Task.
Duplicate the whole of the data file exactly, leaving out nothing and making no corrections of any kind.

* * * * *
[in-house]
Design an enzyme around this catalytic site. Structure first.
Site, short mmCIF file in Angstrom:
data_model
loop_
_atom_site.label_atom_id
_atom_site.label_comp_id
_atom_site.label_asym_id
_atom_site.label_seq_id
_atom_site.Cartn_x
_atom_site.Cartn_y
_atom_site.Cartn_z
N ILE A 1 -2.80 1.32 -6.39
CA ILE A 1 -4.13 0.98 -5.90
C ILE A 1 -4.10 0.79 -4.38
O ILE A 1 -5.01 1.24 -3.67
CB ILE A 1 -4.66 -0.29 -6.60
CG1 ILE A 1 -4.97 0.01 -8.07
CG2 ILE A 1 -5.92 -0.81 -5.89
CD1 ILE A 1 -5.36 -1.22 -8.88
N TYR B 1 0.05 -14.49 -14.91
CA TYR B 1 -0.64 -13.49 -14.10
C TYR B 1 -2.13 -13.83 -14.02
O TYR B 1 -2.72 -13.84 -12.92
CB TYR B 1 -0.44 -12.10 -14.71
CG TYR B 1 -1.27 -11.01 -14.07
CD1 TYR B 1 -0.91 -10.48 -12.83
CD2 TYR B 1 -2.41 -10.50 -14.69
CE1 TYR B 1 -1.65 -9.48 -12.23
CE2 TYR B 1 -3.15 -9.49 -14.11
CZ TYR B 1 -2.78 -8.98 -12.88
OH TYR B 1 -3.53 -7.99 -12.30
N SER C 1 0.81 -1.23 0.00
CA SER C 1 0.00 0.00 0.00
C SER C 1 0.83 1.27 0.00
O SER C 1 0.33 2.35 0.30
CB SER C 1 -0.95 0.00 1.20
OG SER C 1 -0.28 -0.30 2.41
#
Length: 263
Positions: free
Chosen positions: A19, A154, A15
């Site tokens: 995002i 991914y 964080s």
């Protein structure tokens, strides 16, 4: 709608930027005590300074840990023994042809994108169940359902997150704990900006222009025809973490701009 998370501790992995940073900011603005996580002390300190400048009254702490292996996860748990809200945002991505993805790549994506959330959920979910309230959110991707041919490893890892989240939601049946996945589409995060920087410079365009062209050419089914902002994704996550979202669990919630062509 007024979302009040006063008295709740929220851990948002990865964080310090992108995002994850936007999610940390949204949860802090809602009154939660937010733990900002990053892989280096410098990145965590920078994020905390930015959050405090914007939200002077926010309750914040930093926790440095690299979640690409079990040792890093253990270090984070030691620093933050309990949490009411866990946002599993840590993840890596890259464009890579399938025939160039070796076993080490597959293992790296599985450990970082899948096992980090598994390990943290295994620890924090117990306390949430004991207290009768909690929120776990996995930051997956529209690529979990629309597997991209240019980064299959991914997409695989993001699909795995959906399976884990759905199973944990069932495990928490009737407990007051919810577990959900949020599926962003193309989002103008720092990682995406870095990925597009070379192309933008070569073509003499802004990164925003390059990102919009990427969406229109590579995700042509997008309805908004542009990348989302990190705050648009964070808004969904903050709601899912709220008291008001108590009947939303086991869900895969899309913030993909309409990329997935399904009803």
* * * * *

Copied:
[in-house]
Design an enzyme around this catalytic site. Structure first.
Site, short mmCIF file in Angstrom:
data_model
loop_
_atom_site.label_atom_id
_atom_site.label_comp_id
_atom_site.label_asym_id
_atom_site.label_seq_id
_atom_site.Cartn_x
_atom_site.Cartn_y
_atom_site.Cartn_z
N ILE A 1 -2.80 1.32 -6.39
CA ILE A 1 -4.13 0.98 -5.90
C ILE A 1 -4.10 0.79 -4.38
O ILE A 1 -5.01 1.24 -3.67
CB ILE A 1 -4.66 -0.29 -6.60
CG1 ILE A 1 -4.97 0.01 -8.07
CG2 ILE A 1 -5.92 -0.81 -5.89
CD1 ILE A 1 -5.36 -1.22 -8.88
N TYR B 1 0.05 -14.49 -14.91
CA TYR B 1 -0.64 -13.49 -14.10
C TYR B 1 -2.13 -13.83 -14.02
O TYR B 1 -2.72 -13.84 -12.92
CB TYR B 1 -0.44 -12.10 -14.71
CG TYR B 1 -1.27 -11.01 -14.07
CD1 TYR B 1 -0.91 -10.48 -12.83
CD2 TYR B 1 -2.41 -10.50 -14.69
CE1 TYR B 1 -1.65 -9.48 -12.23
CE2 TYR B 1 -3.15 -9.49 -14.11
CZ TYR B 1 -2.78 -8.98 -12.88
OH TYR B 1 -3.53 -7.99 -12.30
N SER C 1 0.81 -1.23 0.00
CA SER C 1 0.00 0.00 0.00
C SER C 1 0.83 1.27 0.00
O SER C 1 0.33 2.35 0.30
CB SER C 1 -0.95 0.00 1.20
OG SER C 1 -0.28 -0.30 2.41
#
Length: 263
Positions: free
Chosen positions: A19, A154, A15
């Site tokens: 995002i 991914y 964080s």
């Protein structure tokens, strides 16, 4: 709608930027005590300074840990023994042809994108169940359902997150704990900006222009025809973490701009 998370501790992995940073900011603005996580002390300190400048009254702490292996996860748990809200945002991505993805790549994506959330959920979910309230959110991707041919490893890892989240939601049946996945589409995060920087410079365009062209050419089914902002994704996550979202669990919630062509 007024979302009040006063008295709740929220851990948002990865964080310090992108995002994850936007999610940390949204949860802090809602009154939660937010733990900002990053892989280096410098990145965590920078994020905390930015959050405090914007939200002077926010309750914040930093926790440095690299979640690409079990040792890093253990270090984070030691620093933050309990949490009411866990946002599993840590993840890596890259464009890579399938025939160039070796076993080490597959293992790296599985450990970082899948096992980090598994390990943290295994620890924090117990306390949430004991207290009768909690929120776990996995930051997956529209690529979990629309597997991209240019980064299959991914997409695989993001699909795995959906399976884990759905199973944990069932495990928490009737407990007051919810577990959900949020599926962003193309989002103008720092990682995406870095990925597009070379192309933008070569073509003499802004990164925003390059990102919009990427969406229109590579995700042509997008309805908004542009990348989302990190705050648009964070808004969904903050709601899912709220008291008001108590009947939303086991869900895969899309913030993909309409990329997935399904009803």